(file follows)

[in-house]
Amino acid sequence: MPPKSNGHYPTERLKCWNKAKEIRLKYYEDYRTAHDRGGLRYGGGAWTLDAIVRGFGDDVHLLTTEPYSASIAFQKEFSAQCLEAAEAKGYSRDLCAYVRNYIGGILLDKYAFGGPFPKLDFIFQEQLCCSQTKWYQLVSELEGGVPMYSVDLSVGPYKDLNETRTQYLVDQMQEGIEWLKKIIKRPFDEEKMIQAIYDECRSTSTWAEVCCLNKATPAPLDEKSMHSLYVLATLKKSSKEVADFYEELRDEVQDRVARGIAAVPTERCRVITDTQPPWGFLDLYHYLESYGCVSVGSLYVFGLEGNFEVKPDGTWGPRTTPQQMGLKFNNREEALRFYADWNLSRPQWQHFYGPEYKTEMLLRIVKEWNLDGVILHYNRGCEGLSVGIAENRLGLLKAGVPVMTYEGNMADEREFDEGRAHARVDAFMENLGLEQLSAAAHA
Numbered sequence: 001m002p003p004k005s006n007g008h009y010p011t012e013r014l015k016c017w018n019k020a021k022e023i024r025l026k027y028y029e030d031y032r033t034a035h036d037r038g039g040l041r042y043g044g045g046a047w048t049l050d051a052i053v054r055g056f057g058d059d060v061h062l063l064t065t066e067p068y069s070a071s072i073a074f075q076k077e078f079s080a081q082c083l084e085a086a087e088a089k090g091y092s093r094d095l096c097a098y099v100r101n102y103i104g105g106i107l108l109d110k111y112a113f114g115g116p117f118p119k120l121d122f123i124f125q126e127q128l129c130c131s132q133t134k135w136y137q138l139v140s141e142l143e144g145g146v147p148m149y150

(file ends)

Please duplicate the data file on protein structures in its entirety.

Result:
[in-house]
Amino acid sequence: MPPKSNGHYPTERLKCWNKAKEIRLKYYEDYRTAHDRGGLRYGGGAWTLDAIVRGFGDDVHLLTTEPYSASIAFQKEFSAQCLEAAEAKGYSRDLCAYVRNYIGGILLDKYAFGGPFPKLDFIFQEQLCCSQTKWYQLVSELEGGVPMYSVDLSVGPYKDLNETRTQYLVDQMQEGIEWLKKIIKRPFDEEKMIQAIYDECRSTSTWAEVCCLNKATPAPLDEKSMHSLYVLATLKKSSKEVADFYEELRDEVQDRVARGIAAVPTERCRVITDTQPPWGFLDLYHYLESYGCVSVGSLYVFGLEGNFEVKPDGTWGPRTTPQQMGLKFNNREEALRFYADWNLSRPQWQHFYGPEYKTEMLLRIVKEWNLDGVILHYNRGCEGLSVGIAENRLGLLKAGVPVMTYEGNMADEREFDEGRAHARVDAFMENLGLEQLSAAAHA
Numbered sequence: 001m002p003p004k005s006n007g008h009y010p011t012e013r014l015k016c017w018n019k020a021k022e023i024r025l026k027y028y029e030d031y032r033t034a035h036d037r038g039g040l041r042y043g044g045g046a047w048t049l050d051a052i053v054r055g056f057g058d059d060v061h062l063l064t065t066e067p068y069s070a071s072i073a074f075q076k077e078f079s080a081q082c083l084e085a086a087e088a089k090g091y092s093r094d095l096c097a098y099v100r101n102y103i104g105g106i107l108l109d110k111y112a113f114g115g116p117f118p119k120l121d122f123i124f125q126e127q128l129c130c131s132q133t134k135w136y137q138l139v140s141e142l143e144g145g146v147p148m149y150